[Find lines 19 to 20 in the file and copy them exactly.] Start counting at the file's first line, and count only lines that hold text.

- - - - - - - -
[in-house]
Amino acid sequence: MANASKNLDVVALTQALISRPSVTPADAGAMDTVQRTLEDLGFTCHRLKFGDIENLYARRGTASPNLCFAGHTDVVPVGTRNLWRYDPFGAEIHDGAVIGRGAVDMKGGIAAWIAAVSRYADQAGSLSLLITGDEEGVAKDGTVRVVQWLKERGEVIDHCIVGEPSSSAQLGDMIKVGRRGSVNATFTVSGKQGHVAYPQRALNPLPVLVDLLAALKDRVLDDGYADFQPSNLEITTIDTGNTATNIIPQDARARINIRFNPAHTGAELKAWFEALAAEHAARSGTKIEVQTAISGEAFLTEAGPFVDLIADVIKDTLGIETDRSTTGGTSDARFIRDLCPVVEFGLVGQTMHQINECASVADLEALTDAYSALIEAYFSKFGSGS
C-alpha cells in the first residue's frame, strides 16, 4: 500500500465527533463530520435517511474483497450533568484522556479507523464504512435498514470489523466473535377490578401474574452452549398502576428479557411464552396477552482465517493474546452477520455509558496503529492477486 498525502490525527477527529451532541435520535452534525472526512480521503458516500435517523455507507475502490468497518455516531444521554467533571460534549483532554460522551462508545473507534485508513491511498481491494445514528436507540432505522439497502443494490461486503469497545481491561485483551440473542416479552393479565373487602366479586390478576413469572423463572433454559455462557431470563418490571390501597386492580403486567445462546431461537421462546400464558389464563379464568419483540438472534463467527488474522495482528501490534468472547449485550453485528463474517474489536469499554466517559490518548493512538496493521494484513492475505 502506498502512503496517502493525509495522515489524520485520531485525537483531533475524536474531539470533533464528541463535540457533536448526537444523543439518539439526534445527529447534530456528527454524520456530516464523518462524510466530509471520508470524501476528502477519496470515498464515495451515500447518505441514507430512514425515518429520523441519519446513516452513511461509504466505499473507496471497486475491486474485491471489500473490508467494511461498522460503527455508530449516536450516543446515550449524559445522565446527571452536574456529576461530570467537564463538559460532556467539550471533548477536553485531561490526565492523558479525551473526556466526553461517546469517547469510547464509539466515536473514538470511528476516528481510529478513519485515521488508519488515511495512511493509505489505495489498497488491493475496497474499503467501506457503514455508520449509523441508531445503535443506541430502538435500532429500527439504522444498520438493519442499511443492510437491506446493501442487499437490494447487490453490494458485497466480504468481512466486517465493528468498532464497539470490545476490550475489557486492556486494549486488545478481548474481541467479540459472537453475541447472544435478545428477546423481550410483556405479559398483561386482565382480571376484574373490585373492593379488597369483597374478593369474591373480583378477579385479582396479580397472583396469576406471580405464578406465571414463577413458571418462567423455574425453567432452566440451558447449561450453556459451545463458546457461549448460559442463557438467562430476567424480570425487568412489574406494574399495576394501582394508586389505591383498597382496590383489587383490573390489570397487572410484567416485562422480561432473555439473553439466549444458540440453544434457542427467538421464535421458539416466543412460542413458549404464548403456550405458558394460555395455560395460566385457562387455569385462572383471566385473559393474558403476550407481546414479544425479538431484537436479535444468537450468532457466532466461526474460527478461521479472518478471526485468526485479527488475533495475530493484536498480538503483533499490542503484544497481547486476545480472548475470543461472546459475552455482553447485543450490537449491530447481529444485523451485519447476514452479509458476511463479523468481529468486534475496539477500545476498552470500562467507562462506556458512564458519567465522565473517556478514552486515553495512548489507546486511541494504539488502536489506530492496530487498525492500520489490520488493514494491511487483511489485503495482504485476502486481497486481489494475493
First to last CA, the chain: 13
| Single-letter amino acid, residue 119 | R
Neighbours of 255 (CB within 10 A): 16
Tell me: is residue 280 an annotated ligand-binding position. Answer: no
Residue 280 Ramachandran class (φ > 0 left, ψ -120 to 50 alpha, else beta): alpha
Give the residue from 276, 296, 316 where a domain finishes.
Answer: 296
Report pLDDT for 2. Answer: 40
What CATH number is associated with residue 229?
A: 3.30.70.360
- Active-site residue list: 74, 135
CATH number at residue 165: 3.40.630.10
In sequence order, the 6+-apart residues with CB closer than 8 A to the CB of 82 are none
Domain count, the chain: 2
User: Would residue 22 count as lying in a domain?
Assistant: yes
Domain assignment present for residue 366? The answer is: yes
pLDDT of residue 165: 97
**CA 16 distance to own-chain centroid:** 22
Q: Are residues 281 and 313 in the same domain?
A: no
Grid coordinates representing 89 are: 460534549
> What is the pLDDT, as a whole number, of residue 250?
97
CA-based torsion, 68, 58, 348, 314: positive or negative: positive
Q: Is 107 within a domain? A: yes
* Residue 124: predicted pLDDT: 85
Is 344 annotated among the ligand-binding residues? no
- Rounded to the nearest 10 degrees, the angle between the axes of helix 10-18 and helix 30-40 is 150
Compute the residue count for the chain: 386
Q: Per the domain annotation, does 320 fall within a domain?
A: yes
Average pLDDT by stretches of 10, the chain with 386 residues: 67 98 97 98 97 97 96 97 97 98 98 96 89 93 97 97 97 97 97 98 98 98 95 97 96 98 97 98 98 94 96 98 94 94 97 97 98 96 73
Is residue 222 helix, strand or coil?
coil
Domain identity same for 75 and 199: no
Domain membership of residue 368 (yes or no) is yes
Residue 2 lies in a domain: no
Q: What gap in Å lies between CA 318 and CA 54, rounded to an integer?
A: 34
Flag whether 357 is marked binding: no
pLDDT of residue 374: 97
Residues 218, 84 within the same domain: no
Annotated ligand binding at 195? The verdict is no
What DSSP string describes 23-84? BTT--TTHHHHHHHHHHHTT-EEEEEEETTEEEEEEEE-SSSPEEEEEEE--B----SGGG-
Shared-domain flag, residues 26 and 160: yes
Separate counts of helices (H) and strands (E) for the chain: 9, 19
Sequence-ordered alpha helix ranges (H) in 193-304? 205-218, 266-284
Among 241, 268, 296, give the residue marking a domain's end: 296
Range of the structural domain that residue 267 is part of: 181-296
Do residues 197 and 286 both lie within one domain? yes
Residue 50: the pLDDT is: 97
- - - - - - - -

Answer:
Assistant: yes
Domain assignment present for residue 366? The answer is: yes